Refined Natural Sounds with the Boulder Philharmonic
A review by Ruth L. Carver
The Boulder Philharmonic closed out its season in front of a packed house on April 26. Macky Auditorium was filled with flowers for ticket subscribers, a fitting tribute in its season themed “Nature & Music.” The program offered a finely balanced, fresh mix of repertoire with plenty of charm and musical excellence. Conductor Michael Butterman filled the hall with an understated grandeur, and the orchestra created a rich, delicately blended sound throughout the evening.
Bedřich Smetana’s The Moldau is a favorite of orchestras and audiences, and its stirring, melancholic theme and rippling cascades of notes made it a perfect opener for the program. Butterman showed a real talent for balancing the various motives and melodic figures as they appeared in different instruments, while maintaining a beautifully synthesized overall sound. Perhaps not the most passionate reading, it showed the depth of talent in the orchestra and was wonderfully illustrative of the power of a river itself as well as its place in a collective cultural consciousness. The theme of the program became not so much about Nature itself as Mankind’s relationship with Nature as expressed in music. Smetana composed this work, which is often included in his cycle of tone poems, Má Vlast (My Fatherland), in 1874, just after losing hearing in both ears. Amidst the political turmoil in Bohemia, this piece in particular seems to represent the strong link between people and place, with the Moldau river becoming symbolic of Nationalistic ideals, made particularly poignant by the composer’s failing health.
Following the affecting Moldau, the orchestra made a total, toe-tapping transition to Jeff Midkiff’s mandolin concerto From the Blue Ridge (2011). Midkiff has feet in bluegrass and classical genres, with training and accolades in both, and this concerto reflects that spirit of fusing two seemingly disparate traditions together. Appropriating Americana or folk music into the symphonic repertoire has a long tradition, and here Midkiff takes familiar elements (rhythmic, melodic, and harmonic) from bluegrass and creates an easy, accessible blend. Also appearing as the mandolin soloist, Midkiff gave a fiery and effortless performance. The orchestra had many grand, effusive moments, and the overall variation in the score would lend itself to a film soundtrack. The contrast in timbres between the slightly metallic twang of the mandolin string against the lush orchestra was pleasing in spite of the occasional balance/microphone issues. The delicate, evocative second movement was the highlight of the piece, and Midkiff impressed with some blazing finger-work in the third, final movement. Though it was not filled with highly memorable musical moments, the overall spirit of the piece certainly evoked the nostalgia and particular charm of Appalachia.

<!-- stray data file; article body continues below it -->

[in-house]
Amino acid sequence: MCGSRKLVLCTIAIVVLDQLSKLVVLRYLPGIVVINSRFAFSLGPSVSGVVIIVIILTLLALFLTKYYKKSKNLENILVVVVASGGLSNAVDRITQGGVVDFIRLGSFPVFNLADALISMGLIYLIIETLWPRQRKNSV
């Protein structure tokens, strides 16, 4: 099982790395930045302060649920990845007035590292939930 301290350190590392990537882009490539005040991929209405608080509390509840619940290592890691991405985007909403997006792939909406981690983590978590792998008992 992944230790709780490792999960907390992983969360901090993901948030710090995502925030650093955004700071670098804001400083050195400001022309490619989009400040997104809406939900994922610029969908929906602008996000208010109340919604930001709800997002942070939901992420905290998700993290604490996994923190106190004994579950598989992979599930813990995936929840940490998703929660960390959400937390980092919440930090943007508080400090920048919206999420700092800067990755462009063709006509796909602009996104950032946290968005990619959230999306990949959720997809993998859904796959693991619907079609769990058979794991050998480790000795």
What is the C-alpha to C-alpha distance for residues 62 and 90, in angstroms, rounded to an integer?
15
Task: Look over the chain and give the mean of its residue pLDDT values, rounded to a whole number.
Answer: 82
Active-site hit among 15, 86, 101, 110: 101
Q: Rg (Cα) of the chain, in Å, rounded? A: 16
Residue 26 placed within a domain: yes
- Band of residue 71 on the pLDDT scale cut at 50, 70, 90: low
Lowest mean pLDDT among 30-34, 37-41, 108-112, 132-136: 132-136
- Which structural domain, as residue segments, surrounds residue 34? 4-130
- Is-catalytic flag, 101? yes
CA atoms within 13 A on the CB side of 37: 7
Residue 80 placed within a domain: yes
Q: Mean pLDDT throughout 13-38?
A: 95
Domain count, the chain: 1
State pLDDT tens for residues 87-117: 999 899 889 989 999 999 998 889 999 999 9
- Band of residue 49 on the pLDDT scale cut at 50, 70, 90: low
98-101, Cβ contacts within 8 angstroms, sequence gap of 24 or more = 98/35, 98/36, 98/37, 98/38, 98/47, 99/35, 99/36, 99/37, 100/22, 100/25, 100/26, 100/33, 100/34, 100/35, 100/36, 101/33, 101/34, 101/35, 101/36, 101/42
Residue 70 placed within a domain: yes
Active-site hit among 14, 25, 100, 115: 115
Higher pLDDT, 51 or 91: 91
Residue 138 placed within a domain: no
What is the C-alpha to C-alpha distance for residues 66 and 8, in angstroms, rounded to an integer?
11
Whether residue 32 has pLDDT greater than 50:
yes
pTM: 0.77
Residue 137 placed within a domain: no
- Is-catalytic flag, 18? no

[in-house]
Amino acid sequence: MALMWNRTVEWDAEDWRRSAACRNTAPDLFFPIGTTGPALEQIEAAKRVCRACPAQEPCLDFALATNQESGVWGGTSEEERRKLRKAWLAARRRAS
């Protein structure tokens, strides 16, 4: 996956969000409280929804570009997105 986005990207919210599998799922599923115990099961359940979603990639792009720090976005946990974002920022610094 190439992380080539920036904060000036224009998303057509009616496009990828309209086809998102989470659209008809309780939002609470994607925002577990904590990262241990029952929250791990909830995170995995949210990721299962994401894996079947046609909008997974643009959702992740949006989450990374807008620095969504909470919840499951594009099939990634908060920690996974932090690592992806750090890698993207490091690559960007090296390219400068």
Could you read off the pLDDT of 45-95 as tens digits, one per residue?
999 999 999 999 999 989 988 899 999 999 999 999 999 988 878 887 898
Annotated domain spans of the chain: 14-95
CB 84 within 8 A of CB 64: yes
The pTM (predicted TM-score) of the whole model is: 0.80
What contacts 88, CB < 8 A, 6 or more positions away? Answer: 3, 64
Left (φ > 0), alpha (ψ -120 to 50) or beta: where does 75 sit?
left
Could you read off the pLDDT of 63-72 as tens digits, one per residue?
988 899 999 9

The evening closed with the impeccable charm of Ludwig van Beethoven’s Symphony No. 6 (Pastoral). Beethoven is a master of developing figments of melodies into entire movements, and here, Butterman and his orchestra triumphed in continuously bringing out the finer points of the score. The unabashedly descriptive, programmatic nature of this piece fit in perfectly with the theme of the evening. The second movement grew perhaps too languid, but the third movement (“Merry Gathering of County Folk”) achieved a wonderful pesante, dancing effect, the thunderstorm of the fourth movement showed off the power of the percussion section, and the bucolic fifth movement featured the beautifully rich, balanced sound of this orchestra. This music resides firmly in the Romantic realm of Nature, and Mankind’s reliance on and romance with it. This makes it unique within Beethoven’s symphonic output, in its emotional frankness. Following this detailed, even performance, the orchestra closed the season with an encore of Johann Strauss II’s flashy Thunder and Lightning Polka. It was a pure piece of confection in which the orchestra let loose and brought down the house with fantastic verve.
A special note: the Boulder Philharmonic has appointed a new concertmaster, Charles Wetherbee. Mr. Wetherbee is on the faculty at the University of Colorado at Boulder School of Music, and is a member of the Carpe Diem String Quartet. For more information about Mr. Wetherbee, go to: http://www.cdsq.org/about/cw.shtml